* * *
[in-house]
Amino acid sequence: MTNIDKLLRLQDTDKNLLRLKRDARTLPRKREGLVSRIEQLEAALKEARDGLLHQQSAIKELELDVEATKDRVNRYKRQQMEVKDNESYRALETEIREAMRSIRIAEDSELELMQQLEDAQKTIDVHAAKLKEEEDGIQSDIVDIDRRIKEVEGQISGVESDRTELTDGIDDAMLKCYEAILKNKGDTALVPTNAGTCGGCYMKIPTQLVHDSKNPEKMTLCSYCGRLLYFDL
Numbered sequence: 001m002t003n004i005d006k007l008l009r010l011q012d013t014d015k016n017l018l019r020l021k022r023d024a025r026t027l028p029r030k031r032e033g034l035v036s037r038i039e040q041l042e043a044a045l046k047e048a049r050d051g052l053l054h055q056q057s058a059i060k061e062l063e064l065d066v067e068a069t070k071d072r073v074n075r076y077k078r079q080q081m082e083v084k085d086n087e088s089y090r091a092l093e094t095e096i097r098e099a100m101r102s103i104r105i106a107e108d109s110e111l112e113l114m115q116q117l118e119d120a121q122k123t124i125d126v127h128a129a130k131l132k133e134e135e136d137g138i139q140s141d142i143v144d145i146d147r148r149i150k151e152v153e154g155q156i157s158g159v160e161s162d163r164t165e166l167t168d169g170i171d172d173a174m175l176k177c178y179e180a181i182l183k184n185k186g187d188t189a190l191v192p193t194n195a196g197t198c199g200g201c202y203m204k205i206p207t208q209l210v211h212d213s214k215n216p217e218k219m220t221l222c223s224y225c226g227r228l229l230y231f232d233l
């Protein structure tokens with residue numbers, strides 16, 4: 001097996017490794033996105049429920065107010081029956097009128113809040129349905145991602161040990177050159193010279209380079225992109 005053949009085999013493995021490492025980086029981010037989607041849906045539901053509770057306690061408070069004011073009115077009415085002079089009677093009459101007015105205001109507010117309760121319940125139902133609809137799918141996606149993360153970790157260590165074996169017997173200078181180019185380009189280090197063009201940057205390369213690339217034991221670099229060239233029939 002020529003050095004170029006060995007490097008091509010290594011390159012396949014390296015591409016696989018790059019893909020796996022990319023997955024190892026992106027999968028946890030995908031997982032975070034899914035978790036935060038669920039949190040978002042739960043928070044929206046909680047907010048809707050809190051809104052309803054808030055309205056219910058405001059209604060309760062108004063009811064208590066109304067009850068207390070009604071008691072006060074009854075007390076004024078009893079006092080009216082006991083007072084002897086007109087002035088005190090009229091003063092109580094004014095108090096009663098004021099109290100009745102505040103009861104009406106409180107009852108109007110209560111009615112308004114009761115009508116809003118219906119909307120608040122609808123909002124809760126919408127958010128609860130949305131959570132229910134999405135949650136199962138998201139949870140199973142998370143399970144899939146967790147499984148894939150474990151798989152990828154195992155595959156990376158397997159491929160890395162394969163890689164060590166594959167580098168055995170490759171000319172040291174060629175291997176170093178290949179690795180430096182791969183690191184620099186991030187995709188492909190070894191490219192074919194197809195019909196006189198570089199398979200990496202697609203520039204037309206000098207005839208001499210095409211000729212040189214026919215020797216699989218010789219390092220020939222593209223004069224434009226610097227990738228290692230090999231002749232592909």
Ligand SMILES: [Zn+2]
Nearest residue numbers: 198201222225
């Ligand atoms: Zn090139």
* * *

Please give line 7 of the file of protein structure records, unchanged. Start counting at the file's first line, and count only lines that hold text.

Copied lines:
């Ligand atoms: Zn090139």